Thousands protest deadly drug war in the Philippines

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Demonstrators have taken to the streets of Manila to protest Philippine President Rodrigo Duterte’s drug war, which has left thousands of people dead, and to express their opposition to plans to change the Constitution.

Catholic groups held a predawn “walk for life” on Saturday against the drug killings, as well as the proposed restoration of the death penalty.

In his message, Luis Antonio Tagle, the cardinal of Manila, denounced the growing “throwaway culture”, which he said has left many “casualties” including human lives.

“We will not tire in walking for life even if the path ahead is winding and soaked in blood,” Tagle said in Filipino, without directly referring to Duterte’s drug war.

The church-led protest took place as the country celebrated the anniversary of the 1986 popular revolt, which deposed Philippine dictator Ferdinand Marcos and ended his 20-year rule.

Since Duterte came into office in 2016, the Catholic church has emerged as one of the most vocal critics of his deadly anti-drug policy.

The death toll in the drug war already surpassed 20,000 in the first 20 months of the Duterte presidency, according to an opposition senator.

The government insists the death toll is much lower at 3,967 between July 1, 2016, to November 27, 2017.

In a video clip posted by online news site Rappler, Manila Bishop Broderick Pabillo said Filipinos should not be indifferent, whether the number of drug war deaths is big or small.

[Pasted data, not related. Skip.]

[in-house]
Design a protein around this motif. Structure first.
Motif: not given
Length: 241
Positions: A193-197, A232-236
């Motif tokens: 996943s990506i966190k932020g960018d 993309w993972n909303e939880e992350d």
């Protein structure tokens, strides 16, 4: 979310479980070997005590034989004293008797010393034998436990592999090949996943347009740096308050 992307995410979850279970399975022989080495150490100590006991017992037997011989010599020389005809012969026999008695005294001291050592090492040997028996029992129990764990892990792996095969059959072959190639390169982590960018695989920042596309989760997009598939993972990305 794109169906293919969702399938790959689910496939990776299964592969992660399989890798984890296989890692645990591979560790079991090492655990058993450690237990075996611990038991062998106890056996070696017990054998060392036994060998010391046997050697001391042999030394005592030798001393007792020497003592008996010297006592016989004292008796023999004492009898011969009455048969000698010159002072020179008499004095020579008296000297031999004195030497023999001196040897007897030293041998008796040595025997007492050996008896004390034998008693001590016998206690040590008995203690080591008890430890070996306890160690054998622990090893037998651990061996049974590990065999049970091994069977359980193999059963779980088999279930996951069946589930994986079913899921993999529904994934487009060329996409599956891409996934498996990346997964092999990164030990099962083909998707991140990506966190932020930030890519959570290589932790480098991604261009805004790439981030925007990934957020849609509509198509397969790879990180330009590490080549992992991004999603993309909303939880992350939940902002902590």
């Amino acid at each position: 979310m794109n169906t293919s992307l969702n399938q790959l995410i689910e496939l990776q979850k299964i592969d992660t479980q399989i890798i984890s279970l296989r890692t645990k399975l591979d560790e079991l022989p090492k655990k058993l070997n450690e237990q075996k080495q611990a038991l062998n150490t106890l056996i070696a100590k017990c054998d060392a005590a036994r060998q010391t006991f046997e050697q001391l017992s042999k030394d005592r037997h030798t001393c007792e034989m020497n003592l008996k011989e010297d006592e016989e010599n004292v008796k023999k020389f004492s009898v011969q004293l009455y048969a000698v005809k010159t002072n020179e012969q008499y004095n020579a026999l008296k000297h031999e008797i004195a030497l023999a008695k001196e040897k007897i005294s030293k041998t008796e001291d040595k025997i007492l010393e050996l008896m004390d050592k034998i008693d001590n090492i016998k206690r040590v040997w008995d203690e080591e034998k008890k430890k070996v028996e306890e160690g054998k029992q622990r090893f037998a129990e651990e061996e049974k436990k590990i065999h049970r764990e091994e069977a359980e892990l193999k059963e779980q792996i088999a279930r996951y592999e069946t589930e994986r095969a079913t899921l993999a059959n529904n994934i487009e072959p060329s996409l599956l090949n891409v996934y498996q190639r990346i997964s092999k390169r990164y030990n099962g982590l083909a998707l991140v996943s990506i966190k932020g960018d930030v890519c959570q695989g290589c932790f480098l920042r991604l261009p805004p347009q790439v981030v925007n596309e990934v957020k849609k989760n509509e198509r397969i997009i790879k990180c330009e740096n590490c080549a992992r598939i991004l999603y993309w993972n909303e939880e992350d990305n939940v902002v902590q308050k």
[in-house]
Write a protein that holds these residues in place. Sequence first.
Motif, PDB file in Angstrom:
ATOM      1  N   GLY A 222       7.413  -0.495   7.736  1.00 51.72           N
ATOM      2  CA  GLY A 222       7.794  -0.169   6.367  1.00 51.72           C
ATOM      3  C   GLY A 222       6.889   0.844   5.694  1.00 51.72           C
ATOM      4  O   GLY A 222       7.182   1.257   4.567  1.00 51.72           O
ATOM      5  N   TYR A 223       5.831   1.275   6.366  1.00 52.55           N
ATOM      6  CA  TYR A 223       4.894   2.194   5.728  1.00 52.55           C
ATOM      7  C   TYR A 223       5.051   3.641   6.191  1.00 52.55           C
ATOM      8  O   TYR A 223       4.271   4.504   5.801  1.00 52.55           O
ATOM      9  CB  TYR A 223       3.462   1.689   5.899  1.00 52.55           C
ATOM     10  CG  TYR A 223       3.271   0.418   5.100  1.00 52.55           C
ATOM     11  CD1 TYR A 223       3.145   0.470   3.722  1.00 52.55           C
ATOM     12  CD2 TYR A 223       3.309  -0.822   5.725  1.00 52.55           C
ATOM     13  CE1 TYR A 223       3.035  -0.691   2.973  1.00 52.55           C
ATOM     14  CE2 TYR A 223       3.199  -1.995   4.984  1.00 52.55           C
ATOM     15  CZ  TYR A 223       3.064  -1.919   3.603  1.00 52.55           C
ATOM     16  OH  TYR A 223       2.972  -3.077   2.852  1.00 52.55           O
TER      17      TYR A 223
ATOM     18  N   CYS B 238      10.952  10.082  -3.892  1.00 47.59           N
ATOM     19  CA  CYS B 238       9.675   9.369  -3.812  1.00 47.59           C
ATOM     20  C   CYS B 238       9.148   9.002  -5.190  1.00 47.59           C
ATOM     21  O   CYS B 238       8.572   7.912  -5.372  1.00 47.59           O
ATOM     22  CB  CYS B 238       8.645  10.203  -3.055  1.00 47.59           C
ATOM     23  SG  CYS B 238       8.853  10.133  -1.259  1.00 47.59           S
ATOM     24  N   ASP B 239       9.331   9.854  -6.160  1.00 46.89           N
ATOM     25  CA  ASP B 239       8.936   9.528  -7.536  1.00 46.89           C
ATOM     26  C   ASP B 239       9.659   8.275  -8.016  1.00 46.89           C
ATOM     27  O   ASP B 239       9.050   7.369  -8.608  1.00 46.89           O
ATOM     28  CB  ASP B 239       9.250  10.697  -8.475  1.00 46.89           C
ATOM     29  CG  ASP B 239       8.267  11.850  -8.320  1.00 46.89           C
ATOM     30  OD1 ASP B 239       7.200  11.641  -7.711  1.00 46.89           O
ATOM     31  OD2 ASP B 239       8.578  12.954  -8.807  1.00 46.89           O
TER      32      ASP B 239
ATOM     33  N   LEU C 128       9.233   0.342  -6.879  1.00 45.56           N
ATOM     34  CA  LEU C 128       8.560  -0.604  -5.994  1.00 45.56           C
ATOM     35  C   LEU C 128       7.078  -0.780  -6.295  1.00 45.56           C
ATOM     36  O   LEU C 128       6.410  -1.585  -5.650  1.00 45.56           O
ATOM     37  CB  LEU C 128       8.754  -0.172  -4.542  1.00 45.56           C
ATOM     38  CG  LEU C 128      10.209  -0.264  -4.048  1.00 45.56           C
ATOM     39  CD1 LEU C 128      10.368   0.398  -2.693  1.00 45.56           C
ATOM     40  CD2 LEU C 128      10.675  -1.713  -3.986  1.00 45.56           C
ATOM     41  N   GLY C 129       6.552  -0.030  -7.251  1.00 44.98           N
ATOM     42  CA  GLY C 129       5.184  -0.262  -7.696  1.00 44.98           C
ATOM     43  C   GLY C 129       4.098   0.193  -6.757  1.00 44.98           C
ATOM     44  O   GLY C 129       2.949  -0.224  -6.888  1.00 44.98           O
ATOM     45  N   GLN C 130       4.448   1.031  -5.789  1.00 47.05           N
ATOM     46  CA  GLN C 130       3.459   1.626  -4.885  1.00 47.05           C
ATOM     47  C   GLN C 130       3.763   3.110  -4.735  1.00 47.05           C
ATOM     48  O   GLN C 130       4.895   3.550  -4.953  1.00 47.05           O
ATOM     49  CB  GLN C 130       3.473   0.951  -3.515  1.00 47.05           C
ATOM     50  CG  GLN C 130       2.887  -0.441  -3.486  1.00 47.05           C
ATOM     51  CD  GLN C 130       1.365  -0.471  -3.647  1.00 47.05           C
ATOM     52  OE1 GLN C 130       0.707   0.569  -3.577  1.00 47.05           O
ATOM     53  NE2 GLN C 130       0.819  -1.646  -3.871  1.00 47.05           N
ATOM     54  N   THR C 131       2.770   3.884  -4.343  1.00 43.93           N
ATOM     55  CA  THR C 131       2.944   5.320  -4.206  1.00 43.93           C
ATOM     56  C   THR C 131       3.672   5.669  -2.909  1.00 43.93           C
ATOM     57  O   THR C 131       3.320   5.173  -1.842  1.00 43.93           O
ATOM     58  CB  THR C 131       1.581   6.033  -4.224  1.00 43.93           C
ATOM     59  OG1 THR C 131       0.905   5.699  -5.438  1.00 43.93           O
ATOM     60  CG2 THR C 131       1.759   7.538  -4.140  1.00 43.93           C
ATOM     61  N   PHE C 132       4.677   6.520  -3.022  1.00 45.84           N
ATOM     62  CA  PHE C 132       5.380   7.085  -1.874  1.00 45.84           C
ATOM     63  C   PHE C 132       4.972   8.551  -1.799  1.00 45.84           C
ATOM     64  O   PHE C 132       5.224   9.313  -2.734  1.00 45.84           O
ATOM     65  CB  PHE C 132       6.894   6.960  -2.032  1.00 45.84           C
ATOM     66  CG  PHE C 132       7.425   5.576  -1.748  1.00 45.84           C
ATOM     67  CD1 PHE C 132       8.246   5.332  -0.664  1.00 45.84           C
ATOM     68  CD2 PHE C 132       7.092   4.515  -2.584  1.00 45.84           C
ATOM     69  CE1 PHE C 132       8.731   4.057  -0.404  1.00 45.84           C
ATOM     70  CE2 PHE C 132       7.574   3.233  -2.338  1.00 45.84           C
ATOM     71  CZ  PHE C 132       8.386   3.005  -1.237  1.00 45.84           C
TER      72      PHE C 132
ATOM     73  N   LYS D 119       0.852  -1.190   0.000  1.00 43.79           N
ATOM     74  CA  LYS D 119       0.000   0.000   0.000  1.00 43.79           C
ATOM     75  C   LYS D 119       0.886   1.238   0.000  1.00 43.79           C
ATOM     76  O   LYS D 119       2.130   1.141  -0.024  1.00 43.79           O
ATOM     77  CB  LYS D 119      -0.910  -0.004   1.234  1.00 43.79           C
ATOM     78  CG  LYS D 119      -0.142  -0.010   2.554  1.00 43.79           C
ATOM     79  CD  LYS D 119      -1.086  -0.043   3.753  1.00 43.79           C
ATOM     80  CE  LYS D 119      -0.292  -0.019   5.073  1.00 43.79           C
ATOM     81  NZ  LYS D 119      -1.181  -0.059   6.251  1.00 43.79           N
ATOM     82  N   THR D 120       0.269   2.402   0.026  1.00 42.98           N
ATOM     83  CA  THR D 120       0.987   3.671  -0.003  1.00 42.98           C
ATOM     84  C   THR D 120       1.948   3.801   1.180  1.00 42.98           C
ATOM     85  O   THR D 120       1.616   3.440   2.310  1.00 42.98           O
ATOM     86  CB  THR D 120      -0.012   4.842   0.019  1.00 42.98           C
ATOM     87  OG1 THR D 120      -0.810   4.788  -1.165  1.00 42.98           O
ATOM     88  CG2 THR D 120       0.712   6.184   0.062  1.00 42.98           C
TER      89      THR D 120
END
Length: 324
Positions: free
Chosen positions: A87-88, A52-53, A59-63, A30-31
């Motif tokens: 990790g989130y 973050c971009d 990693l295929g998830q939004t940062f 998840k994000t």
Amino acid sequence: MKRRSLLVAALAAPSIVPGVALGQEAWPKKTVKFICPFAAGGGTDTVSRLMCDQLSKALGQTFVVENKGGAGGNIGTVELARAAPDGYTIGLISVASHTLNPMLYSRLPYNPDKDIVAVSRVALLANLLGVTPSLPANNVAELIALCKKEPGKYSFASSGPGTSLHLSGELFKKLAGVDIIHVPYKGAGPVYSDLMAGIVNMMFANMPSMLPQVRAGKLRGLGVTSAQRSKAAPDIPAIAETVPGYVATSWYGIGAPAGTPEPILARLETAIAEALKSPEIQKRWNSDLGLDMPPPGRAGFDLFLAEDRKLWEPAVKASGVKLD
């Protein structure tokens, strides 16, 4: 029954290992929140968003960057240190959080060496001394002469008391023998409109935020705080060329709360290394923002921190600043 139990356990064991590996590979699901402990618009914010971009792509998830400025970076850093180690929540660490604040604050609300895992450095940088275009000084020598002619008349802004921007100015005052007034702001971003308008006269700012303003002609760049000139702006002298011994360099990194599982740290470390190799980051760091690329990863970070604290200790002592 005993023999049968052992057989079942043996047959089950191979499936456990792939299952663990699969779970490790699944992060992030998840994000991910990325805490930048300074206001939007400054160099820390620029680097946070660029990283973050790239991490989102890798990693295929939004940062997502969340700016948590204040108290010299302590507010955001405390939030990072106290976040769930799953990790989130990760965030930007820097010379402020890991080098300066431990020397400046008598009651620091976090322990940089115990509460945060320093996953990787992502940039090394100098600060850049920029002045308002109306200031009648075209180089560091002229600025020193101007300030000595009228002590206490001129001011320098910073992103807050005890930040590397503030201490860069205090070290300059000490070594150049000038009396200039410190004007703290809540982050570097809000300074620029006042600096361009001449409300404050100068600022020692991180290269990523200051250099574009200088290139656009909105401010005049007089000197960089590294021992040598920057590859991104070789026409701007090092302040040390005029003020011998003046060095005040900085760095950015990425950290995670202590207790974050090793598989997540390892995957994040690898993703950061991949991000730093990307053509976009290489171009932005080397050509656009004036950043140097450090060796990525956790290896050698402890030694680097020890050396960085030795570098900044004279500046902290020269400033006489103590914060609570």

“It’s not about the numbers, because the policy continues,” Pabillo told reporters. “If we are not vigilant, it’s possible that the killings will escalate. So we should not ignore this.”

More than 80 percent of the 101 million Filipinos are Catholics. But Duterte has managed to fend off criticism from the church, calling church leaders “hypocrites”.

The president also enjoys high approval rating, with 71 percent satisfaction rate in December, according to the local polling agency Social Weather Stations.

Elsewhere in Manila on Saturday afternoon, an assembly of left-wing groups, students, church workers and activists held a separate march calling for “resistance” against Duterte, whom they likened to the dictator, Marcos.

Demonstrators raised their fists as they carried banners denouncing the “dictatorship” and Duterte’s plan to change the Constitution.

“We are here to show that we are capable of fighting the dictator Duterte,” a leader of the march said in a video clip posted on social media.

The protesters partially blocked traffic along the route of the march.

On Friday, thousands of students across the country also joined a school walkout.

Harry Roque, spokesman of the president said, the anti-government protests are proof that “democracy and freedom are very much alive in the Philippines.”

Roque said Duterte is “open to constructive criticism”.

Meanwhile, thousands of uniformed police officers, their family members and supporters held a counter-march near the national police headquarters in Manila in support of the Duterte’s drug war.

“Fight and defeat drugs,” read one banner carried by the demonstrators.